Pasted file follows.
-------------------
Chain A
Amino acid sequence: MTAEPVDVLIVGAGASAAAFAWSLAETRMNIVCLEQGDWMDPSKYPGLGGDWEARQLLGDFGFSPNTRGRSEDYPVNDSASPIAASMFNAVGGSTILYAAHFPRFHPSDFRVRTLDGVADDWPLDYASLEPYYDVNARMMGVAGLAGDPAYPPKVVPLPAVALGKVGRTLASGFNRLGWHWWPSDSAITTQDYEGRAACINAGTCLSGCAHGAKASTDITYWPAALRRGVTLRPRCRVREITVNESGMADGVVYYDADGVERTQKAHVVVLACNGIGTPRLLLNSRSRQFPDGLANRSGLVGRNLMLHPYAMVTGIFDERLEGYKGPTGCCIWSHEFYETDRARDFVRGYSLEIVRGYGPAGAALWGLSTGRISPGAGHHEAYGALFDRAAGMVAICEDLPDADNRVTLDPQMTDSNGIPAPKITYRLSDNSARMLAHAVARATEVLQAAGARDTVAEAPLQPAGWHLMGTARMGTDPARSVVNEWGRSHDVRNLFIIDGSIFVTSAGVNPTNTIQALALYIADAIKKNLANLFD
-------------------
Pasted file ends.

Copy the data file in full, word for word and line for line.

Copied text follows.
Chain A
Amino acid sequence: MTAEPVDVLIVGAGASAAAFAWSLAETRMNIVCLEQGDWMDPSKYPGLGGDWEARQLLGDFGFSPNTRGRSEDYPVNDSASPIAASMFNAVGGSTILYAAHFPRFHPSDFRVRTLDGVADDWPLDYASLEPYYDVNARMMGVAGLAGDPAYPPKVVPLPAVALGKVGRTLASGFNRLGWHWWPSDSAITTQDYEGRAACINAGTCLSGCAHGAKASTDITYWPAALRRGVTLRPRCRVREITVNESGMADGVVYYDADGVERTQKAHVVVLACNGIGTPRLLLNSRSRQFPDGLANRSGLVGRNLMLHPYAMVTGIFDERLEGYKGPTGCCIWSHEFYETDRARDFVRGYSLEIVRGYGPAGAALWGLSTGRISPGAGHHEAYGALFDRAAGMVAICEDLPDADNRVTLDPQMTDSNGIPAPKITYRLSDNSARMLAHAVARATEVLQAAGARDTVAEAPLQPAGWHLMGTARMGTDPARSVVNEWGRSHDVRNLFIIDGSIFVTSAGVNPTNTIQALALYIADAIKKNLANLFD